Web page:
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Stories 238 - 253

I finally got around to reading Joe Hill's "20th Century Ghosts" over the past few weeks.  Although billed as Horror, not too many stories in the book actually fit neatly into that niche.  Here's my brief analysis of each story:

Story 238: Best New Horror.  The editor of a yearly "best new horror" anthology is quite taken with a story by an unknown author, and attempts to track said author down.  We never really get to read the story-within-a-story but it is summarized for us and is quite disturbing.  One of the things I liked about this piece is the comment that mainstream literary magazines do not like the twist-ending, because real-life has no twist endings.  Pretty perceptive.

Story 239: 20th Century Ghost.  It's about a haunted movie theater.  But it's about more.  It's about our love of movies, and about how legends grow and how people will try to jump on a bandwagon and how something like a haunting can actually improve a place's reputation.

Story 240: Pop Art.  Definitely not a horror story.  Might fall better into the realm of "magical realism."  As long as you can accept the idea that some people are born with a defect which results in them being basically a living balloon, the story otherwise stays firmly in the realm of how friendships begin and grow, and how friendship can affect one's own perception of self and the world.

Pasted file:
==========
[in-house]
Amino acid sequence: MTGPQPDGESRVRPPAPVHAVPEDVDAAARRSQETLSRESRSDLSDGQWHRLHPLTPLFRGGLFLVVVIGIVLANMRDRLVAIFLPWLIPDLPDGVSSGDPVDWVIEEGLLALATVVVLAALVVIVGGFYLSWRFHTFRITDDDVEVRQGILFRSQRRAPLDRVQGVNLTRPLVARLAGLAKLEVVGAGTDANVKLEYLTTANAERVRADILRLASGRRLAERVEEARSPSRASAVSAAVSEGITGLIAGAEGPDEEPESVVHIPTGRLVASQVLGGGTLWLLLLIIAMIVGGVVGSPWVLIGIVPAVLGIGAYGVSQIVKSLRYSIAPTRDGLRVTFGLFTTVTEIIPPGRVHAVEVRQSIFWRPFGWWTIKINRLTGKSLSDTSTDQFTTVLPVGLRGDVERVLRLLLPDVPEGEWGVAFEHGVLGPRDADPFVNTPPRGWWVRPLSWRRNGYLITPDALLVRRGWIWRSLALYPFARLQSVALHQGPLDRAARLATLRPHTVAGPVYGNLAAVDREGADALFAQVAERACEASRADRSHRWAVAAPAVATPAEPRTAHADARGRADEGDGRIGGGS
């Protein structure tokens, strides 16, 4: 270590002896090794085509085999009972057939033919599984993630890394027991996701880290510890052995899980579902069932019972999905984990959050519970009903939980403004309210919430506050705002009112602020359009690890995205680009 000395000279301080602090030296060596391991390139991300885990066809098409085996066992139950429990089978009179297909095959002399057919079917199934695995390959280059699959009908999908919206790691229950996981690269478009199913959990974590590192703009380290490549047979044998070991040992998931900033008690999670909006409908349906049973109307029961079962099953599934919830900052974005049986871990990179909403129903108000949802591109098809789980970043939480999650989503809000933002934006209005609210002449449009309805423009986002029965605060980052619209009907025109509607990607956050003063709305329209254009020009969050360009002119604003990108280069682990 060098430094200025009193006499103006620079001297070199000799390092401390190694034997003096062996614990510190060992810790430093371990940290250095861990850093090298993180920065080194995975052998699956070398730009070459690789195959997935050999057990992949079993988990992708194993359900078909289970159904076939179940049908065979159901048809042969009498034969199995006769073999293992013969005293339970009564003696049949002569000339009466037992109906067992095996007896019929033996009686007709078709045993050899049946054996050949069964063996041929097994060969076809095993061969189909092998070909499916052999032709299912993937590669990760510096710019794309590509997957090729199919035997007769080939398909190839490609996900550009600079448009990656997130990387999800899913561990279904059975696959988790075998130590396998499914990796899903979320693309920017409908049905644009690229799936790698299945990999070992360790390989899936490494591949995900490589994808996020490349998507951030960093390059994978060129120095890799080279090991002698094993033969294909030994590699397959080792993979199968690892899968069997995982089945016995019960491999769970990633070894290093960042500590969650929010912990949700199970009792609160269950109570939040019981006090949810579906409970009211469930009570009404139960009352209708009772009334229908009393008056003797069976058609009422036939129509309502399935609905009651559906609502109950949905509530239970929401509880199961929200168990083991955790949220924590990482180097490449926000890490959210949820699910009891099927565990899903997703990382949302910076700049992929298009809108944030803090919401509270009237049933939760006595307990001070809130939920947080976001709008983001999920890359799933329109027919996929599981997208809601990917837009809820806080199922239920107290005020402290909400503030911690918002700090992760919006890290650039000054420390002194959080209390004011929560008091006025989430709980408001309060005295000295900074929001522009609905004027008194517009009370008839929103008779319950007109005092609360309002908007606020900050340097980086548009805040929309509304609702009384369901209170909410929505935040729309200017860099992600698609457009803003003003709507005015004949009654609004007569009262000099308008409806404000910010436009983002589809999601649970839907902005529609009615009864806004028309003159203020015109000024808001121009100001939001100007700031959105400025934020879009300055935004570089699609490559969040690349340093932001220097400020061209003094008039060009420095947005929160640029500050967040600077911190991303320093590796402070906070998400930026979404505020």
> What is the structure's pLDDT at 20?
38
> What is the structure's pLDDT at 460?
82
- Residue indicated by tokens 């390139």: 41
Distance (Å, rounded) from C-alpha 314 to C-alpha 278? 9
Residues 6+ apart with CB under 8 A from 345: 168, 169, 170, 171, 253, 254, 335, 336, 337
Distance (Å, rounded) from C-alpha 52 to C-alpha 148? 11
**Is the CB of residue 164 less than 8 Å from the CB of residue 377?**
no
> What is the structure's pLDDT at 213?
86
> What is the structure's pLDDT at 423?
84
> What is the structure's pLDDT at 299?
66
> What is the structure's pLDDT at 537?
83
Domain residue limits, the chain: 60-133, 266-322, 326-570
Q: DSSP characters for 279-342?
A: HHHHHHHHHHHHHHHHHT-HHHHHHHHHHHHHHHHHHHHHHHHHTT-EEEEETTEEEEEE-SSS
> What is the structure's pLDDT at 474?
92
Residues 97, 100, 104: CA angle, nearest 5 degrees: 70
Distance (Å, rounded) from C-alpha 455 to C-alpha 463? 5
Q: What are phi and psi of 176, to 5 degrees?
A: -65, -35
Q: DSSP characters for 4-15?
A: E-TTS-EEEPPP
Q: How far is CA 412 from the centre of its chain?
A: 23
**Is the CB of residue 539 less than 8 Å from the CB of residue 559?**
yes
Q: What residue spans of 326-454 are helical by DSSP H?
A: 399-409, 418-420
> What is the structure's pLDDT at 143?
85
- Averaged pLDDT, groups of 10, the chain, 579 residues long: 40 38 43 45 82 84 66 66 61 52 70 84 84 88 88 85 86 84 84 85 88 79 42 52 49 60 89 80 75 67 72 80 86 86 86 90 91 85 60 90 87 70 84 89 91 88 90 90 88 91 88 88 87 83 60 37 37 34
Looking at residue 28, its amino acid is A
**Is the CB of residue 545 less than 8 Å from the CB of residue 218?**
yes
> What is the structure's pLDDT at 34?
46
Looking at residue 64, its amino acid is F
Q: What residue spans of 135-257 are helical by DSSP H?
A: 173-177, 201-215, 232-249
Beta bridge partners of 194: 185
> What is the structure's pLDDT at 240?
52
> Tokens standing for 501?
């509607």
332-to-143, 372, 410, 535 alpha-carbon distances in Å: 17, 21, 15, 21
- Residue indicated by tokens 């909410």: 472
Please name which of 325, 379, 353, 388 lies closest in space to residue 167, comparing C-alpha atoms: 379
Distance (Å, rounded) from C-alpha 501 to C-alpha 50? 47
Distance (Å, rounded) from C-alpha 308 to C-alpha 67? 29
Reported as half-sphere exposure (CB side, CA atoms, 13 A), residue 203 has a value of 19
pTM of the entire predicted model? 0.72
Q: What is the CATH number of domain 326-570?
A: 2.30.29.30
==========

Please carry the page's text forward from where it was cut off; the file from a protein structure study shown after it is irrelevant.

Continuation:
Story 241: You Will Hear The Locust Sing.  Sort of a retelling of Kafka's Metamorphosis (the main character is even named Francis), if the story were told as a 1950s "giant insect" horror movie filmed in the 1990s.  There's a fair amount of character introspection, but there's also towards the end a fair amount of gore.

Story 242: Abraham's Boys.  That nice Professor Van Helsing who moved into the farm down the road a few years ago.  His oldest son has such a stammer, but the youngest is so friendly.  Shame about their mother Mina and about how strict their father is, especially about them being home by nightfall ...

Story 243: Better Than Home.  Another story that is decidedly not horror.  The main character is a socially awkward child whose father is a famously loud and combative major league baseball manager.  The story is about baseball, about acting the way people expect us to (living up, or down, to reputations), and about where we feel the most comfortable.  It's a bittersweet story with an odd narrator.

Story 244:  The Black Phone.  This one comes close to being outright horror.  One of those classic stories in which someone is in a completely untenable situation, and they do what they must to survive.  Hill captures well that feeling of lack of lucidity that comes from dehydration/malnutrition, and adds a twist to the end that reminded me of a certain Orson Scott Card story from a long time ago.